I’ve fabricated a small café scene that might help illustrate this point:

When I’m on-location, faced with a scene like this, I do a simple pencil rendering. This one is actually more complicate than I would spend time doing on sight. I wouldn’t bother with the folks in shadow, under the awning, but I wanted to indicate to you that there was some action going on in the background. Normally, I let the paint find those shapes.

                                

I begin by massing over my shadow folks with a blue/gray wash, charging in various warms and cools (much like the stone wall demo), while cutting around the foreground figures. This greatly simplifies the painting, and gives me a good beginning to my middle ground activity. I tint the light-struck awning with a slightly lighter tone of yellow.

                                 
Now I go into the painting with my darkest tones (ultramarine blue and burnt sienna). Working wet-into-wet, I establish the shadow from the awning, and I carve around my initial blue/gray shadow, being careful not to cover it all. At this juncture, the painting reads clearly, and I could pretty much pack it in a finish it elsewhere. This is about fifteen minutes of painting time.

                                   

Now, with some faux detail and color indications, I suggest figures and indistinct shapes that explain and lend action to the scene. Some stripes on the awning, and I have a nice little café sketch, capturing a moment in time. Including the initial pencil sketch, the total elapsed time is about thirty minutes. With a plein air sketch, like this, and a couple of photos, you have more than enough information to go back to the studio and create a larger, more finished version.

                                     

Here’s a sketch from the market in the village of Tlocolula, in the state of Oaxaca, Mexico. It seems complicated and busy. But, if you study it carefully, you will see that I basically handled this painting just like the café scene.

This next demo was painted on a dark, socked in, gray day. I photographed the steps in the available light from my studio windows. The photographic quality is not the best, but I think it will work for our general purpose.

Here is a photo from Mevagissey, one of my favorite harbors in the whole world. It lies along the southern part of the Cornwall coast, near Devonshire. One could paint there for weeks and never run out of subject matter. Faced with all that overwhelming information (boats, masts, buildings, reflections etc.), it becomes imperative that I find a way to simplify all that chaos.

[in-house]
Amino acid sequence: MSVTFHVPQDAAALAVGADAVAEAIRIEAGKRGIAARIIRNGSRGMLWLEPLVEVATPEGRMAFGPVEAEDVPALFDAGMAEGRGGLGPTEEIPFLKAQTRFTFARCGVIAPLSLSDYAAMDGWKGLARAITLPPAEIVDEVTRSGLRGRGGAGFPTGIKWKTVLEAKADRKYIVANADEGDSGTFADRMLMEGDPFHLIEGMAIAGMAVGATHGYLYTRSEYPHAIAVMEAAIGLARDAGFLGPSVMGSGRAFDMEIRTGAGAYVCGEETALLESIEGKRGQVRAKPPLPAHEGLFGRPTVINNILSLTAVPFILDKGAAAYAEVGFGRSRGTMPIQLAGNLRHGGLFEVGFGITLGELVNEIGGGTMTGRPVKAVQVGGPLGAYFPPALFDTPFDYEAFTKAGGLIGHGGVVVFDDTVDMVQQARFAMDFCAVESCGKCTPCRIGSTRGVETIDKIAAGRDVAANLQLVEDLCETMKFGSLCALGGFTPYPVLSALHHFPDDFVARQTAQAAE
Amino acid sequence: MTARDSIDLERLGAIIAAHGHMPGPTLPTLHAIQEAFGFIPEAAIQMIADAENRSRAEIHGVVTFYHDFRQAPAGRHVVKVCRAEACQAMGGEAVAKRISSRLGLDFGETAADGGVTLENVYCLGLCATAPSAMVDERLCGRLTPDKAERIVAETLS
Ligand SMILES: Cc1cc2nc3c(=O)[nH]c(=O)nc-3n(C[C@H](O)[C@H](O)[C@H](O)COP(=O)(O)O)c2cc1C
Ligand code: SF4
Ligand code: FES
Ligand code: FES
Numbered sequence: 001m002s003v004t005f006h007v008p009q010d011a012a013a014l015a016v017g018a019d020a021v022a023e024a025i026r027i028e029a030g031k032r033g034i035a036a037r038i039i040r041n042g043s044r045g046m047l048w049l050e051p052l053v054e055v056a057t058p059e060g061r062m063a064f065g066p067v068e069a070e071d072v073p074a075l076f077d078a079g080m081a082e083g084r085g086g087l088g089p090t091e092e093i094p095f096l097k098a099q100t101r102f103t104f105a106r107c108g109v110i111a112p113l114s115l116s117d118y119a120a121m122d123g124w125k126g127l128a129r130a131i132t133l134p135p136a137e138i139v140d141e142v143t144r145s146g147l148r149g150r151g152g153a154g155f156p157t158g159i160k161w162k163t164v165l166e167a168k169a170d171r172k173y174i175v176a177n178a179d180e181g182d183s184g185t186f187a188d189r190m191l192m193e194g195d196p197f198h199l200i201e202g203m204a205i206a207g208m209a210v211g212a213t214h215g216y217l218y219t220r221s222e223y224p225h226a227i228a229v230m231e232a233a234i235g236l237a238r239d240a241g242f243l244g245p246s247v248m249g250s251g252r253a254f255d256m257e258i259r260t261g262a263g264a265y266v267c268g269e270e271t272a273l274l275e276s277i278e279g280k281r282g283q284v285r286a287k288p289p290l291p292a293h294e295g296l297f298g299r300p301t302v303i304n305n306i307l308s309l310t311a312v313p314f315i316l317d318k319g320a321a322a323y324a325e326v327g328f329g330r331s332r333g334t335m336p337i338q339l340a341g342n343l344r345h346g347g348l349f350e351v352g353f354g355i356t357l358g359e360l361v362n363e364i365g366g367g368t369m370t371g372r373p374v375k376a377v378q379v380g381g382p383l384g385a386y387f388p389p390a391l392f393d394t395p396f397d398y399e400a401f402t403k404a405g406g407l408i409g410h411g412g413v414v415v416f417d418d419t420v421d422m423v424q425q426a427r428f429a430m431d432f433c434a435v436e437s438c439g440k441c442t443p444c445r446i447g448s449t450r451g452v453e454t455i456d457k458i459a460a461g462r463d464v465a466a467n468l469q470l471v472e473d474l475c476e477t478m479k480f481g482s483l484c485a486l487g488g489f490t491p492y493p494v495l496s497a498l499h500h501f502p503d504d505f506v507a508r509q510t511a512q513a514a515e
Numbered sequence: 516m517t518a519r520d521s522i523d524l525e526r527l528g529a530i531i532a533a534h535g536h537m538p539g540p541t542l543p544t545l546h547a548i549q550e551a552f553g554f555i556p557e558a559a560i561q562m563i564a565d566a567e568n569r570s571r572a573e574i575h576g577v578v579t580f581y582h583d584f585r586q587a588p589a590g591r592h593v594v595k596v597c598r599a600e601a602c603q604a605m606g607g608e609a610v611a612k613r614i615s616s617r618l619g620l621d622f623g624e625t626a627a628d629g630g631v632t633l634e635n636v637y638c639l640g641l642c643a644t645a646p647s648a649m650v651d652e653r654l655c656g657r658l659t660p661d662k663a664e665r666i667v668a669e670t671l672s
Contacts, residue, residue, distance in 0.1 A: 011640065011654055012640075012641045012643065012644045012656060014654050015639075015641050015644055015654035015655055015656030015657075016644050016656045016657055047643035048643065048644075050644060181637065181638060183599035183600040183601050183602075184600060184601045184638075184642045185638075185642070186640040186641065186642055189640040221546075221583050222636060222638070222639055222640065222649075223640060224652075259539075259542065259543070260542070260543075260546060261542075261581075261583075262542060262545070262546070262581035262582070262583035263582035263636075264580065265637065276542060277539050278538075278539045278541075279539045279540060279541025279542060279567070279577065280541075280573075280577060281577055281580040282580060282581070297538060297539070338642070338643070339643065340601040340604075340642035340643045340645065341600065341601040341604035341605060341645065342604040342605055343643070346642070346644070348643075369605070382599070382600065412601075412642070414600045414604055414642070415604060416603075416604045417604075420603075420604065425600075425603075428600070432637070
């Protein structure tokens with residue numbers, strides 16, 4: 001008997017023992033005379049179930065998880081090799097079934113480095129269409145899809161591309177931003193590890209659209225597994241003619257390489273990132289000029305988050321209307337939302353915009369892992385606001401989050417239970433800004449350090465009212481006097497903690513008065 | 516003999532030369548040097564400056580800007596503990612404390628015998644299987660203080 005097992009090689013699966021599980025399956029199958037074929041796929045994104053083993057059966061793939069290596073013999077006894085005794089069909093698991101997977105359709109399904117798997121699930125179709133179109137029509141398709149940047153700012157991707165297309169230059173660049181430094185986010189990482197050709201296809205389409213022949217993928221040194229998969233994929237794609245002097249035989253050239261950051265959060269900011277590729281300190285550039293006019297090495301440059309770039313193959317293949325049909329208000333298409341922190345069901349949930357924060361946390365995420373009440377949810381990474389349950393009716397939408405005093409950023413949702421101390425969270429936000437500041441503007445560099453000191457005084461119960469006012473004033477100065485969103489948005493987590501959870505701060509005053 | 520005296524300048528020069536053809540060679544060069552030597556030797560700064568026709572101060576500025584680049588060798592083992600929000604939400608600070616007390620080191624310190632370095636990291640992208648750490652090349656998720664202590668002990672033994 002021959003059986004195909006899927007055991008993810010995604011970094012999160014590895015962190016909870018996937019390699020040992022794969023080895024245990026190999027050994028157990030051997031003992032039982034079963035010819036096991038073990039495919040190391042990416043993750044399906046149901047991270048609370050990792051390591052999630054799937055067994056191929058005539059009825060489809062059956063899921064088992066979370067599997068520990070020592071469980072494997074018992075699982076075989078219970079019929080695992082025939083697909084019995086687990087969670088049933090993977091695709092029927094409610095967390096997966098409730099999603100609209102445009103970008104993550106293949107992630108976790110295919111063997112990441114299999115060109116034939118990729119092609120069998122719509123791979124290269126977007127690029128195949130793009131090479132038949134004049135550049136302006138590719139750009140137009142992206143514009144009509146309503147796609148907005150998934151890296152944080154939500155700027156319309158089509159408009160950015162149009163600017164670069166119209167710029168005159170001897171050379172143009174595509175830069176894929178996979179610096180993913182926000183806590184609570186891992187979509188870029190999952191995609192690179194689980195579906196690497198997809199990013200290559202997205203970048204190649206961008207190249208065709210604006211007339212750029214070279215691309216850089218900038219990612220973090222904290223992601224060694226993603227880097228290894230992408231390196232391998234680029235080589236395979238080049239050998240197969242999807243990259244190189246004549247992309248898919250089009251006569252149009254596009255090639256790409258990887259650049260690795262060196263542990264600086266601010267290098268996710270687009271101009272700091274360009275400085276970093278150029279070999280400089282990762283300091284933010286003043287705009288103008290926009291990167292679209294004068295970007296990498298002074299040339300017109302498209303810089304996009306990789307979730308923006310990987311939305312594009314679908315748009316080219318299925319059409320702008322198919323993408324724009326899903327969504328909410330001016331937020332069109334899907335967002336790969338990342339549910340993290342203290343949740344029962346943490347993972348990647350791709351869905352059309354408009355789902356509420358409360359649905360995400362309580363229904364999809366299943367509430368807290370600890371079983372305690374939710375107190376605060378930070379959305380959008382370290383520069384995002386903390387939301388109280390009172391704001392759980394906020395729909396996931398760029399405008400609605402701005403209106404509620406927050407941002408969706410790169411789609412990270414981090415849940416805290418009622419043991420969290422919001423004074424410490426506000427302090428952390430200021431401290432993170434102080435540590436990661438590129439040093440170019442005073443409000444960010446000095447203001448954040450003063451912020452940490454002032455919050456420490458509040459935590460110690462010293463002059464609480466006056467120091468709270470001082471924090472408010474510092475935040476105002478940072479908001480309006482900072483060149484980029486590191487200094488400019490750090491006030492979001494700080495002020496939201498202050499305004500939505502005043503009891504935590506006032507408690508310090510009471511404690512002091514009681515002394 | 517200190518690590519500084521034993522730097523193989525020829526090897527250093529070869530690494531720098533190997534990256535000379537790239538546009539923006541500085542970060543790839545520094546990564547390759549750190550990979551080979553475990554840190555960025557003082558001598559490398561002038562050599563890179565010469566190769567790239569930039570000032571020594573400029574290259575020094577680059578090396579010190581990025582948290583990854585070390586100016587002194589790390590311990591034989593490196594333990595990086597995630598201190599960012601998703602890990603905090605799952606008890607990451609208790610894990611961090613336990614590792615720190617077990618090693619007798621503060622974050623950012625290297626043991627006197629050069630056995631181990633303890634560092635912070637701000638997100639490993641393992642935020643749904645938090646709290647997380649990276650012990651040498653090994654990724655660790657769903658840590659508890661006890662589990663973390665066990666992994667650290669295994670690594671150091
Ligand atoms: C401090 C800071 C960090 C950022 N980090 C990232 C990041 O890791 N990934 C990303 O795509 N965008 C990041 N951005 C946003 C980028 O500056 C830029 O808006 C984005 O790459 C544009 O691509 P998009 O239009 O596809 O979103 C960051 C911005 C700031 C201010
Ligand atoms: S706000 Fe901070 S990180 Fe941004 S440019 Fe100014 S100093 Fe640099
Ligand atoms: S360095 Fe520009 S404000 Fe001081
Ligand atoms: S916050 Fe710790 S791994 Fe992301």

I begin with a simple pencil drawing, correctly placing some of the major elements in the scene.

                               

I decide early on that I want the boats in the lower middle ground to be the main attraction. So I put a light wash over the upper half, once again charging in combinations of warm and cool colors.

                          

I paint in the sky with a gray/blue wash (cobalt blue and cadmium red). I take some of that same wash and cut out shapes in the middle ground (even around some masts), and apply it to the boats parked in the foreground. For the most part, those middle ground shapes are random. I’ll define them more with successive washes.

                            

Now I go in with a middle dark wash (mostly light red and ultramarine blue), and I paint the upper hill and the sea wall, cutting out objects and being careful to leave bits of my gray washes from steps 1 and 2.

                                    

I begin to finish off the buildings, establishing some shadow patterns. I do a little bit of finishing work on the main boats, and, with a variety of colors, I put more faux finish on the distant middle ground. It’s really a jumble of nothing, made up of random shapes and colors. However, because of the two, more defined, boats in the middle ground, and the plethora of masts, we just naturally assume that they are boats. Once again, this is the similar handling and concept that we saw demonstrated in the stone wall, the forest and the café demos. You will note that I still haven’t painted my water. As I mentioned in last month’s newsletter (Oct. 2009 – “Saving the Best for Last”), I prefer to paint my water and reflections after I paint the objects being reflected. It helps me to minimize errors in value, color and placement.

                               

 Now I finish off everything in the lower third of the painting: the main boat, the two foreground boats and the water. This area contains almost all of my darkest passages. I think this lends necessary weight to foreground. Be careful not to make the value of your water too light. I see this mistake repeatedly, and it compromises the solidity of the painting.

Find ways to simplify your subject matter. Determine your leading actor, and your supporting actors. Squint, look for masses, and paint those masses broadly and interestingly. Don’t be afraid to let the paint show you the way. Remember, you are making a painting. You are the director and the producer. You don’t need to render the whiskers on the kitty. Leave some mystery for the viewer. Jump in, have fun and don’t fret about the outcome. It’s just paper and pigment.

Happy painting!